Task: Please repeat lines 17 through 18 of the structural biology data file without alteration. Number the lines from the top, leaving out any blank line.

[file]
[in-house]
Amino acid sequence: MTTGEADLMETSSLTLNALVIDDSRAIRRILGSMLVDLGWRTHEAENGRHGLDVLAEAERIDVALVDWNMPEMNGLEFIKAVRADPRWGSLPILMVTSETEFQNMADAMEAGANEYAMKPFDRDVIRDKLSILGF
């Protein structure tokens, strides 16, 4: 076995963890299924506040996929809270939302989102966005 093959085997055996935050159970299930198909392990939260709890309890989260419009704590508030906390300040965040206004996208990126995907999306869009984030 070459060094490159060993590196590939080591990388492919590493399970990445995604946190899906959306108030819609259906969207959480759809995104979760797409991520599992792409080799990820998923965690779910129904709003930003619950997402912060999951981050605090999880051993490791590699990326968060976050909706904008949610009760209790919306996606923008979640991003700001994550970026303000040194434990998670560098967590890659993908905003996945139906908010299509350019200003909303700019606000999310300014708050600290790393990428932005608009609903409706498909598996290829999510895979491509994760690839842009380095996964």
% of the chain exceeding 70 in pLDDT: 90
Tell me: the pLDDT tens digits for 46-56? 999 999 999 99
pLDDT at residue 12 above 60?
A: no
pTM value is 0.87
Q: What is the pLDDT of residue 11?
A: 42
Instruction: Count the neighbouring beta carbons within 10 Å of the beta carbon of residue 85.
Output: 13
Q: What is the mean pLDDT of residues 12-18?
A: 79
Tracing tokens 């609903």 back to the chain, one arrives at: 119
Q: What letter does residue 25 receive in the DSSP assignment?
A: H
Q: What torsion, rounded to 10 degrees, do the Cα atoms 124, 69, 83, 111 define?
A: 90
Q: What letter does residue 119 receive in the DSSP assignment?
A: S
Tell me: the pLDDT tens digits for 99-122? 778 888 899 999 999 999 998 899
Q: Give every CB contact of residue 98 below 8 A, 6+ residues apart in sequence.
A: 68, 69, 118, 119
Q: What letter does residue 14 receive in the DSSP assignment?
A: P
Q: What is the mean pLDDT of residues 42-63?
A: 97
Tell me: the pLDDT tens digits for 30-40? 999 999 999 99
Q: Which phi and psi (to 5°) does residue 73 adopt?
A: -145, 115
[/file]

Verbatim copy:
A: H
Q: What torsion, rounded to 10 degrees, do the Cα atoms 124, 69, 83, 111 define?